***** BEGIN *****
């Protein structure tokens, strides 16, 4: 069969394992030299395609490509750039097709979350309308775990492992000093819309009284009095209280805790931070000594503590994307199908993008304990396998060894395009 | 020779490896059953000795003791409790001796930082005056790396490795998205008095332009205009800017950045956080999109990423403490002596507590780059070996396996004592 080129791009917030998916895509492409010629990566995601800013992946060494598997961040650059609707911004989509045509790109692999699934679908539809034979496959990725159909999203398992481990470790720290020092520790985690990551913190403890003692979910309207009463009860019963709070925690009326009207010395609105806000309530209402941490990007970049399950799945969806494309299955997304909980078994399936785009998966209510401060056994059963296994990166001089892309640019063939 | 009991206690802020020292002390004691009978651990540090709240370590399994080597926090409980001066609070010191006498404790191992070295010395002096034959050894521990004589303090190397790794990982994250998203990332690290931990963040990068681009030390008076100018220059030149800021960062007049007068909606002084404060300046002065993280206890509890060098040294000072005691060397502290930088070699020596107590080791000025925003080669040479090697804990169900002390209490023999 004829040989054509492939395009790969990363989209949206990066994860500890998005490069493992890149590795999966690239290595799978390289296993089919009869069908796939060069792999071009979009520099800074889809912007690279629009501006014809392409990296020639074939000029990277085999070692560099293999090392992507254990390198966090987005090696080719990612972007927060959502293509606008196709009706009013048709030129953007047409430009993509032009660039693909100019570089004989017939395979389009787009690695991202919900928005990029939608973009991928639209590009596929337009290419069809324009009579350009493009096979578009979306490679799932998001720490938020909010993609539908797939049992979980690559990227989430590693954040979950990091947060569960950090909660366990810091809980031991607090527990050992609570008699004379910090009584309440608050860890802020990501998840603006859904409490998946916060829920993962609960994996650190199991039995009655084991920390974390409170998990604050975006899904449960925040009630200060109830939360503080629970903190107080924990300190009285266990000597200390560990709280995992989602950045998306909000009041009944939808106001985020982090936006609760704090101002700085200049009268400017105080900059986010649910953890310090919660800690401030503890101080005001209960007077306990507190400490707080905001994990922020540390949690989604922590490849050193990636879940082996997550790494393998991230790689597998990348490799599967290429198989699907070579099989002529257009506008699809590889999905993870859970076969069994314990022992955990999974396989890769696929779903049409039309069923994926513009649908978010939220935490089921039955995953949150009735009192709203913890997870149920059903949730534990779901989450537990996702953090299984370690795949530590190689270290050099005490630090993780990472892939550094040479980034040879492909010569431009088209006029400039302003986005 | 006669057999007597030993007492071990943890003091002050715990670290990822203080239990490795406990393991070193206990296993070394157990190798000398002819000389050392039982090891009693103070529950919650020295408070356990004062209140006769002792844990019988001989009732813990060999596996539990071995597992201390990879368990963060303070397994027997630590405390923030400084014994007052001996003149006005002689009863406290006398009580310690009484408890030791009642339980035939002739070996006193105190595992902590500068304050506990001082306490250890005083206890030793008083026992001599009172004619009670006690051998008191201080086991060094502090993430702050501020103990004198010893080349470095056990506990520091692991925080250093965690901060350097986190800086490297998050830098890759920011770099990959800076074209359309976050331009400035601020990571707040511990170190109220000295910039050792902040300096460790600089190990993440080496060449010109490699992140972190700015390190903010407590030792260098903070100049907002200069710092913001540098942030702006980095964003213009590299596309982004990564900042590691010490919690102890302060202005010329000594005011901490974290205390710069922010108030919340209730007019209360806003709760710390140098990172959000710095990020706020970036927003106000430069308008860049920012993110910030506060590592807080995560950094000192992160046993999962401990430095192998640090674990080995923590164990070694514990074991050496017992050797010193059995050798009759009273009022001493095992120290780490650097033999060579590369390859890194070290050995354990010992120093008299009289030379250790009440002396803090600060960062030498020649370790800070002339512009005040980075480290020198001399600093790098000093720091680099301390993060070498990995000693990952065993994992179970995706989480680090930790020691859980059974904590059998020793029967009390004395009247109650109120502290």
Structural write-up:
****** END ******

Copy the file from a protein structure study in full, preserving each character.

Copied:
């Protein structure tokens, strides 16, 4: 069969394992030299395609490509750039097709979350309308775990492992000093819309009284009095209280805790931070000594503590994307199908993008304990396998060894395009 | 020779490896059953000795003791409790001796930082005056790396490795998205008095332009205009800017950045956080999109990423403490002596507590780059070996396996004592 080129791009917030998916895509492409010629990566995601800013992946060494598997961040650059609707911004989509045509790109692999699934679908539809034979496959990725159909999203398992481990470790720290020092520790985690990551913190403890003692979910309207009463009860019963709070925690009326009207010395609105806000309530209402941490990007970049399950799945969806494309299955997304909980078994399936785009998966209510401060056994059963296994990166001089892309640019063939 | 009991206690802020020292002390004691009978651990540090709240370590399994080597926090409980001066609070010191006498404790191992070295010395002096034959050894521990004589303090190397790794990982994250998203990332690290931990963040990068681009030390008076100018220059030149800021960062007049007068909606002084404060300046002065993280206890509890060098040294000072005691060397502290930088070699020596107590080791000025925003080669040479090697804990169900002390209490023999 004829040989054509492939395009790969990363989209949206990066994860500890998005490069493992890149590795999966690239290595799978390289296993089919009869069908796939060069792999071009979009520099800074889809912007690279629009501006014809392409990296020639074939000029990277085999070692560099293999090392992507254990390198966090987005090696080719990612972007927060959502293509606008196709009706009013048709030129953007047409430009993509032009660039693909100019570089004989017939395979389009787009690695991202919900928005990029939608973009991928639209590009596929337009290419069809324009009579350009493009096979578009979306490679799932998001720490938020909010993609539908797939049992979980690559990227989430590693954040979950990091947060569960950090909660366990810091809980031991607090527990050992609570008699004379910090009584309440608050860890802020990501998840603006859904409490998946916060829920993962609960994996650190199991039995009655084991920390974390409170998990604050975006899904449960925040009630200060109830939360503080629970903190107080924990300190009285266990000597200390560990709280995992989602950045998306909000009041009944939808106001985020982090936006609760704090101002700085200049009268400017105080900059986010649910953890310090919660800690401030503890101080005001209960007077306990507190400490707080905001994990922020540390949690989604922590490849050193990636879940082996997550790494393998991230790689597998990348490799599967290429198989699907070579099989002529257009506008699809590889999905993870859970076969069994314990022992955990999974396989890769696929779903049409039309069923994926513009649908978010939220935490089921039955995953949150009735009192709203913890997870149920059903949730534990779901989450537990996702953090299984370690795949530590190689270290050099005490630090993780990472892939550094040479980034040879492909010569431009088209006029400039302003986005 | 006669057999007597030993007492071990943890003091002050715990670290990822203080239990490795406990393991070193206990296993070394157990190798000398002819000389050392039982090891009693103070529950919650020295408070356990004062209140006769002792844990019988001989009732813990060999596996539990071995597992201390990879368990963060303070397994027997630590405390923030400084014994007052001996003149006005002689009863406290006398009580310690009484408890030791009642339980035939002739070996006193105190595992902590500068304050506990001082306490250890005083206890030793008083026992001599009172004619009670006690051998008191201080086991060094502090993430702050501020103990004198010893080349470095056990506990520091692991925080250093965690901060350097986190800086490297998050830098890759920011770099990959800076074209359309976050331009400035601020990571707040511990170190109220000295910039050792902040300096460790600089190990993440080496060449010109490699992140972190700015390190903010407590030792260098903070100049907002200069710092913001540098942030702006980095964003213009590299596309982004990564900042590691010490919690102890302060202005010329000594005011901490974290205390710069922010108030919340209730007019209360806003709760710390140098990172959000710095990020706020970036927003106000430069308008860049920012993110910030506060590592807080995560950094000192992160046993999962401990430095192998640090674990080995923590164990070694514990074991050496017992050797010193059995050798009759009273009022001493095992120290780490650097033999060579590369390859890194070290050995354990010992120093008299009289030379250790009440002396803090600060960062030498020649370790800070002339512009005040980075480290020198001399600093790098000093720091680099301390993060070498990995000693990952065993994992179970995706989480680090930790020691859980059974904590059998020793029967009390004395009247109650109120502290």
Structural write-up: